A new study has found that the bird flu virus can survive for up to two years in the carcasses of buried birds.
Dr. Shannon Bartelt-Hunt, an environmental engineer at the University of Nebraska-Lincoln, says that the findings of the study indicate that waste managers need to be particularly careful with how they dispose and manage landfills containing infected birds.
"There are a lot of birds at landfills. If you think of landfills as reservoirs, you could have birds as vectors. Other animals could be vectors. Landfill personnel could be potentially exposed," ABC Online quoted Dr. Bartelt-Hunt as saying.
Bird flu is an H5N1 form of the influenza virus that mainly infects birds, including chicken, ducks and turkeys.
Whenever any bird gets infected with the virus, farmers usually kill the entire flock to subdue an outbreak.
Thus far, hundreds of millions of birds have been killed by the flu, or by efforts to control it.
Even though there are options for disposal like composting and burning, most carcasses often end up in landfills.
For the current study, Bartelt-Hunt and colleagues filled Petri dishes with leachate-the liquid that drains from landfills, adding avian influenza to each dish.
The researchers then tested the mixtures at four different temperatures levels, three pH levels, and three levels of conductivity to test for the presence of heavy metals.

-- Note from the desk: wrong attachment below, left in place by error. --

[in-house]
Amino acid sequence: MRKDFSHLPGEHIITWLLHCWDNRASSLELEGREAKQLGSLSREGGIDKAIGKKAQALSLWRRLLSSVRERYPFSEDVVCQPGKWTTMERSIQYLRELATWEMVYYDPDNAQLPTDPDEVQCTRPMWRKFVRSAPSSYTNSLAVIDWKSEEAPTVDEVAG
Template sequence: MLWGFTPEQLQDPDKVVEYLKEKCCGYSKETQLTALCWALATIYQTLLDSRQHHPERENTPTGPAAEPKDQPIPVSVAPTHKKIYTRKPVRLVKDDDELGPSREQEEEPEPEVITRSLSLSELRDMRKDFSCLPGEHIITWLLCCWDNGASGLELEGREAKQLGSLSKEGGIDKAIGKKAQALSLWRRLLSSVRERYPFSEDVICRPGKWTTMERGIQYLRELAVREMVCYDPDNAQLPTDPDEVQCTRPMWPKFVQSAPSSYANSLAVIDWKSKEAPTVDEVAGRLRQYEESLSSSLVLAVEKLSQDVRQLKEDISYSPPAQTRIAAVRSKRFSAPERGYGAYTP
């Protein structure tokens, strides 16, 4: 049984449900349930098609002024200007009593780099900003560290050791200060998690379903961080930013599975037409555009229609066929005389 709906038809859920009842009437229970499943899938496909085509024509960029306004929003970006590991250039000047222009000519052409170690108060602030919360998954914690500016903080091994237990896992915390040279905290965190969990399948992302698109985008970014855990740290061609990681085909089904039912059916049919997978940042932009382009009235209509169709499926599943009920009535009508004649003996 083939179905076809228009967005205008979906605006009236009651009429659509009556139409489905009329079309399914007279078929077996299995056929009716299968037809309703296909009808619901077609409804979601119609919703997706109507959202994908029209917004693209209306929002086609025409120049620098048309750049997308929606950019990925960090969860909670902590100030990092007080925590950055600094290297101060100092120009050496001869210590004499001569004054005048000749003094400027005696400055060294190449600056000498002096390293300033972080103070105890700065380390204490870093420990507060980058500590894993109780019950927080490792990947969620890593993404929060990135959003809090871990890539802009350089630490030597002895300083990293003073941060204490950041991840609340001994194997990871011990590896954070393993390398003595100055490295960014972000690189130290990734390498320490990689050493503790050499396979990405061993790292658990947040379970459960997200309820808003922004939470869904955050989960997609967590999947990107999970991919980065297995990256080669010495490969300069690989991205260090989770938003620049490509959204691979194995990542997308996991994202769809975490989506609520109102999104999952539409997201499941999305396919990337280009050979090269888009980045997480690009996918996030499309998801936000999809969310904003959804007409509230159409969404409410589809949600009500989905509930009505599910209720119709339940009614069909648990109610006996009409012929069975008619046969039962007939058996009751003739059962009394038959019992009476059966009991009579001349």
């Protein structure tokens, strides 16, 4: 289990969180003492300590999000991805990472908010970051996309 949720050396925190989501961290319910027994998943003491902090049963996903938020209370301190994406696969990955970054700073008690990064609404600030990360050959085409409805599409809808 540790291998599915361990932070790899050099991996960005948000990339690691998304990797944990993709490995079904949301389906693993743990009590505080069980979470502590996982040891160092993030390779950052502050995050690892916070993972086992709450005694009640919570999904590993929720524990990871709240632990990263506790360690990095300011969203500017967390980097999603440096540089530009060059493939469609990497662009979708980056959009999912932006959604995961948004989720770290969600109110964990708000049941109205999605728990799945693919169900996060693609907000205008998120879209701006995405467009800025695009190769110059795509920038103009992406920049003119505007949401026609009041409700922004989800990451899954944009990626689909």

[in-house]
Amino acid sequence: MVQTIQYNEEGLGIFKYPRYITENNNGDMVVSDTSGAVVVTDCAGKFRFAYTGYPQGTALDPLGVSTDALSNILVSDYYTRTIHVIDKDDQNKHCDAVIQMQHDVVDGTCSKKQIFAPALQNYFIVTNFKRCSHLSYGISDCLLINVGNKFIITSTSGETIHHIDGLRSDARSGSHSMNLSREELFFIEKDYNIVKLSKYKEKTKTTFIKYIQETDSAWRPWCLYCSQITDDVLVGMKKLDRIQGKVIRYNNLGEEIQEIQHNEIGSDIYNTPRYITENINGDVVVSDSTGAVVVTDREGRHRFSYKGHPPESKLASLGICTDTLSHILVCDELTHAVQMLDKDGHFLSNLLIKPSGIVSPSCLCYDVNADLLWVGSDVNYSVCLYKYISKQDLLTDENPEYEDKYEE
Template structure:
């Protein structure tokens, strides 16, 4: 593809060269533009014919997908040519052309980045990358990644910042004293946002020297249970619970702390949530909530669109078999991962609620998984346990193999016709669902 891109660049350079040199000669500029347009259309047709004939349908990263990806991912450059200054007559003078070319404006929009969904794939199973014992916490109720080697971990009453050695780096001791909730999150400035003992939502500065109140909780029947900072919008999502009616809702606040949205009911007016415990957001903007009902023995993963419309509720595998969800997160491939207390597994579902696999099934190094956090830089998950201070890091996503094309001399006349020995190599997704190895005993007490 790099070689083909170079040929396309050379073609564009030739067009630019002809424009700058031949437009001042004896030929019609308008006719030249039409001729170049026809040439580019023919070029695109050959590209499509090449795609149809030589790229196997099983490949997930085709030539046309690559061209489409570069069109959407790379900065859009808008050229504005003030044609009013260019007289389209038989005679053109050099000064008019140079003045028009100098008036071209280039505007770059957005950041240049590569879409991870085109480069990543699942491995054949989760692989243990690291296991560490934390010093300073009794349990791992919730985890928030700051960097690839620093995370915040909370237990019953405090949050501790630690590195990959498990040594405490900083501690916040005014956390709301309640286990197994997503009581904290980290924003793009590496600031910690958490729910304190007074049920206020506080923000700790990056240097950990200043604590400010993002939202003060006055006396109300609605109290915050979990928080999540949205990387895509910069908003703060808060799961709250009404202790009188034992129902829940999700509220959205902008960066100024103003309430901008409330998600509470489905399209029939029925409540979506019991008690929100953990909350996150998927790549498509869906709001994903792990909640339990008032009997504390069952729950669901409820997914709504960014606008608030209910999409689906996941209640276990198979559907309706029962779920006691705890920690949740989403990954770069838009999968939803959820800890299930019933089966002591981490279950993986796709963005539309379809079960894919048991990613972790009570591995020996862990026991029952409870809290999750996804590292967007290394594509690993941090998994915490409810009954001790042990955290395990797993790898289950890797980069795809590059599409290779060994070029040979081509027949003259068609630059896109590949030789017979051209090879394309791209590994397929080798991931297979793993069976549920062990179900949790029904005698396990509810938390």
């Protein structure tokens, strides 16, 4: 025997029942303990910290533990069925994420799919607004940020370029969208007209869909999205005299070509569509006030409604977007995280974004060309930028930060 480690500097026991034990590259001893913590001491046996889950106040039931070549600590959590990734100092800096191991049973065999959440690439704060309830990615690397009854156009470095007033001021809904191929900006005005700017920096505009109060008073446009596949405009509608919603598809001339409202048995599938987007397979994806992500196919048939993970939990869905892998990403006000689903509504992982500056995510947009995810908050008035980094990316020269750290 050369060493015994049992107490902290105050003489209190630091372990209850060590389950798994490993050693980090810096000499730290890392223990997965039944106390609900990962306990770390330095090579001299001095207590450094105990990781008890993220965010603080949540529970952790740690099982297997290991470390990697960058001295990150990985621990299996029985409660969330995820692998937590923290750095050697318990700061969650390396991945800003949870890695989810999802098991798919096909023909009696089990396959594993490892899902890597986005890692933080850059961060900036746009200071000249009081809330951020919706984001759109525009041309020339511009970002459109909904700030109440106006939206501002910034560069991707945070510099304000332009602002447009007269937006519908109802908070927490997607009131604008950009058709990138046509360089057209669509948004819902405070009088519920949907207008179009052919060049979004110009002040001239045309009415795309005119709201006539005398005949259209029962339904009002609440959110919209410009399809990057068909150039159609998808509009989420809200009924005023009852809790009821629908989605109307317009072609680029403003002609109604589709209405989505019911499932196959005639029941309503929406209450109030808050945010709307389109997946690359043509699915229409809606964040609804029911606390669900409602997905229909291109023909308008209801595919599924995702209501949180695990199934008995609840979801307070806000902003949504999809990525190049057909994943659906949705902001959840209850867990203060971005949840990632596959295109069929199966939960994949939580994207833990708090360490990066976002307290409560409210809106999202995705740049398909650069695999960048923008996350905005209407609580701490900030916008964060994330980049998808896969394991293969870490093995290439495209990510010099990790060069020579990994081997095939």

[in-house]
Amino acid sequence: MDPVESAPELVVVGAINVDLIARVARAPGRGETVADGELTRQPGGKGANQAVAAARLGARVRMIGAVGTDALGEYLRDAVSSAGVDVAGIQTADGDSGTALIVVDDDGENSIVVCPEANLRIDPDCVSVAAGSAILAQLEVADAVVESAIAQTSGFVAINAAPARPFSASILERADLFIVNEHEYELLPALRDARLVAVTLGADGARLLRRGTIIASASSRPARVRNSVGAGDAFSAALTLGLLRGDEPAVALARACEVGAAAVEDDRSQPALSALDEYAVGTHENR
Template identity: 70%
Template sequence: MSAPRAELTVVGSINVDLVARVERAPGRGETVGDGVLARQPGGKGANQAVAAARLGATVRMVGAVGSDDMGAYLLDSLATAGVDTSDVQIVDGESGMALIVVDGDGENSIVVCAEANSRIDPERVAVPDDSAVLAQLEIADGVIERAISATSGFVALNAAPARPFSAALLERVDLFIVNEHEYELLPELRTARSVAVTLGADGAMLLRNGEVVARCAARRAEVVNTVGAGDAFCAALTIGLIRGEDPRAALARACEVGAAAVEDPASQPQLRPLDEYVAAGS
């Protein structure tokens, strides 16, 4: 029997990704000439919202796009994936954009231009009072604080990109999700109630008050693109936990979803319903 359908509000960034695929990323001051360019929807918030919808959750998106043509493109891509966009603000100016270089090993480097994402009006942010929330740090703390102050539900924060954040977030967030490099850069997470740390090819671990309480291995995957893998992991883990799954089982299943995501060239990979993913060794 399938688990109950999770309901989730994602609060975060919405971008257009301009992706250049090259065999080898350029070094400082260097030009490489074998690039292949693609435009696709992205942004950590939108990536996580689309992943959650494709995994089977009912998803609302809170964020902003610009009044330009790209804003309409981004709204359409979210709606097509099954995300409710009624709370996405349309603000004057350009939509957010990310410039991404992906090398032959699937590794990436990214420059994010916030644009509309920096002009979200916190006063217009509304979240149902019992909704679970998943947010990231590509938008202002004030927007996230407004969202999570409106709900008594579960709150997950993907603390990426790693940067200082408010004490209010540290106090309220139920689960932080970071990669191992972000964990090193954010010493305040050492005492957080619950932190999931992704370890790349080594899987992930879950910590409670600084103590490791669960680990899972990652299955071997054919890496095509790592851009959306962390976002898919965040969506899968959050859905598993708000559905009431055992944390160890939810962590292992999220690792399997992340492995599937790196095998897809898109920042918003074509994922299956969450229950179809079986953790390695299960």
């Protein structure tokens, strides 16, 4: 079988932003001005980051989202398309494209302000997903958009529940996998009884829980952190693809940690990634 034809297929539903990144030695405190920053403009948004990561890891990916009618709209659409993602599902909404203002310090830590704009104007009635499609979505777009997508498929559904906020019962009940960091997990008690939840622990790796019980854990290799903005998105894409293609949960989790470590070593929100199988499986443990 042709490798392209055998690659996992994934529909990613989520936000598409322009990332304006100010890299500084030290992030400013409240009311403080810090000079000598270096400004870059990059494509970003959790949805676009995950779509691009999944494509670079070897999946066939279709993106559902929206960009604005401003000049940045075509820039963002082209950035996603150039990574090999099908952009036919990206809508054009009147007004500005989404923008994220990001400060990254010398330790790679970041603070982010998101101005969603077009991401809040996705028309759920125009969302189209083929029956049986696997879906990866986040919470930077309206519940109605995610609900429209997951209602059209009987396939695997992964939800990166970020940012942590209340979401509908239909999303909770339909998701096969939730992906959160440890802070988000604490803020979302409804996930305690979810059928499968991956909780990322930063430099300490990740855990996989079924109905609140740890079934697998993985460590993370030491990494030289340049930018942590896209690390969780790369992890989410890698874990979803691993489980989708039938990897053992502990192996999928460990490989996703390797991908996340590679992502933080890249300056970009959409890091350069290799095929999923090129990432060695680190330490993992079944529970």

After 60 days, they were able to estimate how long the virus would remain infectious based on how quickly it was breaking down.
Reporting their findings in the journal Environmental Science and Technology, the researchers said that at colder temperatures and neutral pH levels, the virus was likely to survive the longest-sometimes for up to nearly two years.
"The assumption was that once it's in the landfill, there's no more question about whether it's infectious. This is suggestive that carcasses will likely remain infectious when they're placed in a landfill and for a period of time after that," says Bartelt-Hunt.
The new work suggests that the bodies should get covered quickly to raise their temperature, or to make the landfill more acidic or basic to deactivate the virus as quicly as possible.
"In general, waste disposal is one of those things that's just 'out of sight, out of mind'. Once it gets there, people tend to think it's just gone and they don't have to worry about it ... It's hard to say if waste disposal is this huge unknown red flag out there, but I think having some consistent guidelines is important," says Bartelt-Hunt.